Wednesday, April 23, 2014
By Betty Adams email@example.com
(Continued from page 1)
"There's a common theme to these crimes. It's money, it's greed," he said. "If you follow the money it leads right back to Carole Swan."
Swan is accused of four counts of defrauding the Department of Labor's Office of Workers' Compensation program by misrepresenting her income, her work and her work capacity from 2008 to 2011. According to the indictment, "she failed to report her ownership interest and her active participation in the operation of Marshall Swan Construction and a harness horse racing business and her activities on the Board of Selectmen for the town of Chelsea."
She also is accused of fraudulently obtaining a contract for Marshall Swan Construction to repair the Windsor Road culvert while she was a selectman by deceiving town employees, officials and other bidders about the cost of the culvert. The program was supported by Federal Emergency Management Agency funds.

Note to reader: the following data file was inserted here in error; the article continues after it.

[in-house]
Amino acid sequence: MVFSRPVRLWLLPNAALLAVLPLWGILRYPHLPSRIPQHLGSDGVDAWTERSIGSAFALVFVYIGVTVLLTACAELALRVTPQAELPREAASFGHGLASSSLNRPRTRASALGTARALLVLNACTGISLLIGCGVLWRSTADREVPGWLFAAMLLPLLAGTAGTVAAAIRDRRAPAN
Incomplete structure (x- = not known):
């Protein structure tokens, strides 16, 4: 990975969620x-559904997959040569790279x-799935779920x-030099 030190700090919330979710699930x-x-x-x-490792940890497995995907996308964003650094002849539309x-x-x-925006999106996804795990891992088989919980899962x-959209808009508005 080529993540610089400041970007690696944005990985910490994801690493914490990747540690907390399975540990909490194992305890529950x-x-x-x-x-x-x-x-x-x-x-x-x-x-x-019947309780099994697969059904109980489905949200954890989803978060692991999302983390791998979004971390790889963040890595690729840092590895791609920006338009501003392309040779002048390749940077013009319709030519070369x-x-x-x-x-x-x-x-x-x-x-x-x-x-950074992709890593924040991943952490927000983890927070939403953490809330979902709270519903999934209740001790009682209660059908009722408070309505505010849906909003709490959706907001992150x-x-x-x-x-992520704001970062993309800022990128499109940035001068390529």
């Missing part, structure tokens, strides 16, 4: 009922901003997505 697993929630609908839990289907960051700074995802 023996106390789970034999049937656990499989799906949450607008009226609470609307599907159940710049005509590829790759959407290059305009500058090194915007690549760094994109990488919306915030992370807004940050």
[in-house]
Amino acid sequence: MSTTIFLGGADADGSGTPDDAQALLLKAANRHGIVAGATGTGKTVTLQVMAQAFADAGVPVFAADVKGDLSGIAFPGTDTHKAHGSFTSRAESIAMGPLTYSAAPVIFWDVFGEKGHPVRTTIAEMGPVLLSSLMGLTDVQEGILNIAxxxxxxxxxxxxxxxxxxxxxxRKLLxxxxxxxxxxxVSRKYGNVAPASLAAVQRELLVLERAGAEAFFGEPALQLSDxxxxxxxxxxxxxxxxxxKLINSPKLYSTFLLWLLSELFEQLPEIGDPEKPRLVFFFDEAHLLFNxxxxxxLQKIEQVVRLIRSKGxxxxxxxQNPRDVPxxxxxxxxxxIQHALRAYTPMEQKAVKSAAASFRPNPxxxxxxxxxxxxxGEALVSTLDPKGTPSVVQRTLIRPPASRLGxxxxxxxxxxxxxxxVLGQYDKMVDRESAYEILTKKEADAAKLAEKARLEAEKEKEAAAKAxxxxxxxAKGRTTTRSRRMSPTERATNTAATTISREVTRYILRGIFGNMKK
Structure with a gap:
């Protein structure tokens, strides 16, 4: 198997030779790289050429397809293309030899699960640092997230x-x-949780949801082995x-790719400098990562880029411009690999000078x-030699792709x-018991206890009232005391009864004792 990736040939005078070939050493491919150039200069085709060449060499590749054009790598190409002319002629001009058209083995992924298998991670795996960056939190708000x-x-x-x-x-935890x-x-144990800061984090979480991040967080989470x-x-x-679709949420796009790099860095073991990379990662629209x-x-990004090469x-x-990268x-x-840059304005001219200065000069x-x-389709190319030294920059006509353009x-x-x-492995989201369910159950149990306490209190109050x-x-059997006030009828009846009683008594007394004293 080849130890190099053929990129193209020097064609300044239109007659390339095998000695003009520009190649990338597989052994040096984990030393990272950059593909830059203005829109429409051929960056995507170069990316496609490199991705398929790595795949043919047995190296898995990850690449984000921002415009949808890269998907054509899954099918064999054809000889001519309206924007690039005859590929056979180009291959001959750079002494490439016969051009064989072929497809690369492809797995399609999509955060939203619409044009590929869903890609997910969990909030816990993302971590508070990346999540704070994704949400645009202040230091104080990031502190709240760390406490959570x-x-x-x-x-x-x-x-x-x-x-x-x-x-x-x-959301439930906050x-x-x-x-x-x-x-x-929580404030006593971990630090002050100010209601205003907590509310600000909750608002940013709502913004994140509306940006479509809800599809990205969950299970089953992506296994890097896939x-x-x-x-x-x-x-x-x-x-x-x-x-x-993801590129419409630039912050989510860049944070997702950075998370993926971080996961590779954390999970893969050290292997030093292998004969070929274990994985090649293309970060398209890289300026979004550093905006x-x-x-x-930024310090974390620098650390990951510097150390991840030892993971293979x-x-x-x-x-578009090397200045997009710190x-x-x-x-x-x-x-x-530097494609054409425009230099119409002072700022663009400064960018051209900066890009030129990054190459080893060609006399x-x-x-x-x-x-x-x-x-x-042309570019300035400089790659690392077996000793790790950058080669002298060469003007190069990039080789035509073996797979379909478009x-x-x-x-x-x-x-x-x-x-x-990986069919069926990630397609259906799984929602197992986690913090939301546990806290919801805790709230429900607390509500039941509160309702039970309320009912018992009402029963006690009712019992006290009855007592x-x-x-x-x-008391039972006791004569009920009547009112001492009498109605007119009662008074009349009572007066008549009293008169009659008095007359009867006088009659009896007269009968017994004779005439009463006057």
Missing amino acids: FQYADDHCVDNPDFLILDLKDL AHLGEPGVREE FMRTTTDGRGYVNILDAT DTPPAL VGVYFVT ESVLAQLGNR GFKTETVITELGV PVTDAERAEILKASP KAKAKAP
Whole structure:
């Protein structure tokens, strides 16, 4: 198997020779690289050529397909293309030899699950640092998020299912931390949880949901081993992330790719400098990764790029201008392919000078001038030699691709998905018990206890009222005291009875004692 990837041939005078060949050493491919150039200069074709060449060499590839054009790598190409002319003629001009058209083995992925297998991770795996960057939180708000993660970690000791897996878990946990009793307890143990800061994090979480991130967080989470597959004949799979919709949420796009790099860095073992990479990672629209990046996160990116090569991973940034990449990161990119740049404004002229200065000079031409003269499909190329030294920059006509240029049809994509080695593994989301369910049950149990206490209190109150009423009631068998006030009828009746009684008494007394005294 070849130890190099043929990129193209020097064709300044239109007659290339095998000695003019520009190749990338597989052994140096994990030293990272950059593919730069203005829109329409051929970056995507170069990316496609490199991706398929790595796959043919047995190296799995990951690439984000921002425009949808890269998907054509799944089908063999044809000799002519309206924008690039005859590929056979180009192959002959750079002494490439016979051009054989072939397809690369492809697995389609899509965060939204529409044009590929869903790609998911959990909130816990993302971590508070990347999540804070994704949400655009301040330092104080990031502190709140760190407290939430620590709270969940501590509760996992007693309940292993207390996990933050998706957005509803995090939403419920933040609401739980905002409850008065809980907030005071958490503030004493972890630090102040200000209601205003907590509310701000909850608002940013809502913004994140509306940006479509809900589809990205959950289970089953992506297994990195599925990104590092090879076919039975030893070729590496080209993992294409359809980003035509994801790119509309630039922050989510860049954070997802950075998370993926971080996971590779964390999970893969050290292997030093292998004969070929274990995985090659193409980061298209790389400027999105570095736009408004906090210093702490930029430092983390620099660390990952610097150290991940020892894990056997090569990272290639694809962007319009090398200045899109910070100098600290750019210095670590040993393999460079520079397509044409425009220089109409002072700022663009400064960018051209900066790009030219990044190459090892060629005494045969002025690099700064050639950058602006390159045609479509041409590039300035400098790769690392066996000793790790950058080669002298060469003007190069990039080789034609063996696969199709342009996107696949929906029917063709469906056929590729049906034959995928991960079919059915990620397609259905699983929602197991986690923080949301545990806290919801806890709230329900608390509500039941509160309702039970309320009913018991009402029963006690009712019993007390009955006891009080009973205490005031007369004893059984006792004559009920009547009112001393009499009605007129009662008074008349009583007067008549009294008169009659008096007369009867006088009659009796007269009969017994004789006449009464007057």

"From the day the Windsor Road culvert washed out, Carole Swan engineered a scheme to defraud Chelsea and to ensure that Marshall Swan Construction was the only contractor that could win that project," Clark said.
Sharon told them contractor Frank Monroe – who testified he gave Swan $10,000 in 2010 – had been given immunity for his actions. He said the government got a picture of Swan having dinner with her husband and younger son a month ago as well as subpoenaing records from the hotel where she is staying during the trial.
"This is similar to a witch hunt," Sharon told the jury. "We do not convict people who fall out of grace with the majority."
"You cannot convict a person for a mistake," Sharon argued. "You have to be convinced that at the time she was doing it, she intended to commit a crime. ... There is more than a reasonable doubt my client never committed any of the crimes the government charged her with."
Betty Adams can be contacted at 621-5631 or at firstname.lastname@example.org.